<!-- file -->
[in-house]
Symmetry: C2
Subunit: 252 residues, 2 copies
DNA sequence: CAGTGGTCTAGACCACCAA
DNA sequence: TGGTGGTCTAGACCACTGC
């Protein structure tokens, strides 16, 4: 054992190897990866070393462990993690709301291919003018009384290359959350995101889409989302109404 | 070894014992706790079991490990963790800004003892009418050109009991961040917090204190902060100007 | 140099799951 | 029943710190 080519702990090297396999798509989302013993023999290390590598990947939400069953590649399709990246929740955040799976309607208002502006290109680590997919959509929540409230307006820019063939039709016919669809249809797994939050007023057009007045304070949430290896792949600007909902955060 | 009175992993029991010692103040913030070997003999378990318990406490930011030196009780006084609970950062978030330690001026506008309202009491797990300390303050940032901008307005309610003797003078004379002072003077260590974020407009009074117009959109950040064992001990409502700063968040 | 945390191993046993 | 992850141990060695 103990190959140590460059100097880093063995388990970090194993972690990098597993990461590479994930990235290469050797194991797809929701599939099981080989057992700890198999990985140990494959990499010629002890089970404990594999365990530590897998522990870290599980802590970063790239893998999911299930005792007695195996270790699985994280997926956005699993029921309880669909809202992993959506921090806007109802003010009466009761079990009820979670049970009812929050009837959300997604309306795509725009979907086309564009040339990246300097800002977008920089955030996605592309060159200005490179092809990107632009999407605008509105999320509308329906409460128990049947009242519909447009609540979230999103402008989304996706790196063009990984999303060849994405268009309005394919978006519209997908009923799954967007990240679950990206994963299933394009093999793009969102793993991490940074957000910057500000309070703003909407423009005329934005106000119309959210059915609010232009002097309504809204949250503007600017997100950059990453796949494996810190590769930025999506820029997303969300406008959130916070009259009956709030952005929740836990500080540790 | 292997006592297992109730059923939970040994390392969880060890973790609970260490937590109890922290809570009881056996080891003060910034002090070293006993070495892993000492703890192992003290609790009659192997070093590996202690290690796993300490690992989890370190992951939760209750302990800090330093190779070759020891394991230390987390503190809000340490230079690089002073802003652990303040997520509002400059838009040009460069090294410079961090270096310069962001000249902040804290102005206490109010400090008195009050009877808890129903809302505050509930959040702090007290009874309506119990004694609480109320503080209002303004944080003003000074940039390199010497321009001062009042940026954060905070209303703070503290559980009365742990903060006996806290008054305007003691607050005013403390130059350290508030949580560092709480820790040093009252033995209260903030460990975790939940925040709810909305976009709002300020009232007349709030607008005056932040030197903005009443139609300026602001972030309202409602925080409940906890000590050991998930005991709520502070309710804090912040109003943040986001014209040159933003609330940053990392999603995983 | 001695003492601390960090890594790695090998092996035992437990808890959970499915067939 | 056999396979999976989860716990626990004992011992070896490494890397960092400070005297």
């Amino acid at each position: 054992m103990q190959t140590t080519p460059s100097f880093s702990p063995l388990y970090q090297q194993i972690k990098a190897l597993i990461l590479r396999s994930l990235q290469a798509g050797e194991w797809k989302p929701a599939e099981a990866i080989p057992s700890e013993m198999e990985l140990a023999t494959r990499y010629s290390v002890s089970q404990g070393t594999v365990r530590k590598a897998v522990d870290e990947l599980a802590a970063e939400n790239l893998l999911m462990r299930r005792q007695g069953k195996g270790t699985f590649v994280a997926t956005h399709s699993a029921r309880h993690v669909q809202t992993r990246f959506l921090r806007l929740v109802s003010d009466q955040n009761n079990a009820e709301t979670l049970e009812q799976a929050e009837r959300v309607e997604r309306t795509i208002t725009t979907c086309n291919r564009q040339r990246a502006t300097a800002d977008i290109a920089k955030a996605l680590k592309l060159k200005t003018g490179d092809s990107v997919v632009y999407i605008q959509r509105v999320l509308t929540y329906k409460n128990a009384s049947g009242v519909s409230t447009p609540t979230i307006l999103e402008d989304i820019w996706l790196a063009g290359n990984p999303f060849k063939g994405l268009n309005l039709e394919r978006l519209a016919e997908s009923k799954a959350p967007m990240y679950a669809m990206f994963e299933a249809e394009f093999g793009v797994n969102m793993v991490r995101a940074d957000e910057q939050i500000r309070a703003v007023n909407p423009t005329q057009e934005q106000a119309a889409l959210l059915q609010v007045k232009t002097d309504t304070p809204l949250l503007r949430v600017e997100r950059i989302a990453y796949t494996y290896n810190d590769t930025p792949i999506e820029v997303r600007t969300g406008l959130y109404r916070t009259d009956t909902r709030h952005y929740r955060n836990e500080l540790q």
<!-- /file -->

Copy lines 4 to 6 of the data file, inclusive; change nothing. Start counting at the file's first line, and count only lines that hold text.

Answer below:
DNA sequence: CAGTGGTCTAGACCACCAA
DNA sequence: TGGTGGTCTAGACCACTGC
């Protein structure tokens, strides 16, 4: 054992190897990866070393462990993690709301291919003018009384290359959350995101889409989302109404 | 070894014992706790079991490990963790800004003892009418050109009991961040917090204190902060100007 | 140099799951 | 029943710190 080519702990090297396999798509989302013993023999290390590598990947939400069953590649399709990246929740955040799976309607208002502006290109680590997919959509929540409230307006820019063939039709016919669809249809797994939050007023057009007045304070949430290896792949600007909902955060 | 009175992993029991010692103040913030070997003999378990318990406490930011030196009780006084609970950062978030330690001026506008309202009491797990300390303050940032901008307005309610003797003078004379002072003077260590974020407009009074117009959109950040064992001990409502700063968040 | 945390191993046993 | 992850141990060695 103990190959140590460059100097880093063995388990970090194993972690990098597993990461590479994930990235290469050797194991797809929701599939099981080989057992700890198999990985140990494959990499010629002890089970404990594999365990530590897998522990870290599980802590970063790239893998999911299930005792007695195996270790699985994280997926956005699993029921309880669909809202992993959506921090806007109802003010009466009761079990009820979670049970009812929050009837959300997604309306795509725009979907086309564009040339990246300097800002977008920089955030996605592309060159200005490179092809990107632009999407605008509105999320509308329906409460128990049947009242519909447009609540979230999103402008989304996706790196063009990984999303060849994405268009309005394919978006519209997908009923799954967007990240679950990206994963299933394009093999793009969102793993991490940074957000910057500000309070703003909407423009005329934005106000119309959210059915609010232009002097309504809204949250503007600017997100950059990453796949494996810190590769930025999506820029997303969300406008959130916070009259009956709030952005929740836990500080540790 | 292997006592297992109730059923939970040994390392969880060890973790609970260490937590109890922290809570009881056996080891003060910034002090070293006993070495892993000492703890192992003290609790009659192997070093590996202690290690796993300490690992989890370190992951939760209750302990800090330093190779070759020891394991230390987390503190809000340490230079690089002073802003652990303040997520509002400059838009040009460069090294410079961090270096310069962001000249902040804290102005206490109010400090008195009050009877808890129903809302505050509930959040702090007290009874309506119990004694609480109320503080209002303004944080003003000074940039390199010497321009001062009042940026954060905070209303703070503290559980009365742990903060006996806290008054305007003691607050005013403390130059350290508030949580560092709480820790040093009252033995209260903030460990975790939940925040709810909305976009709002300020009232007349709030607008005056932040030197903005009443139609300026602001972030309202409602925080409940906890000590050991998930005991709520502070309710804090912040109003943040986001014209040159933003609330940053990392999603995983 | 001695003492601390960090890594790695090998092996035992437990808890959970499915067939 | 056999396979999976989860716990626990004992011992070896490494890397960092400070005297």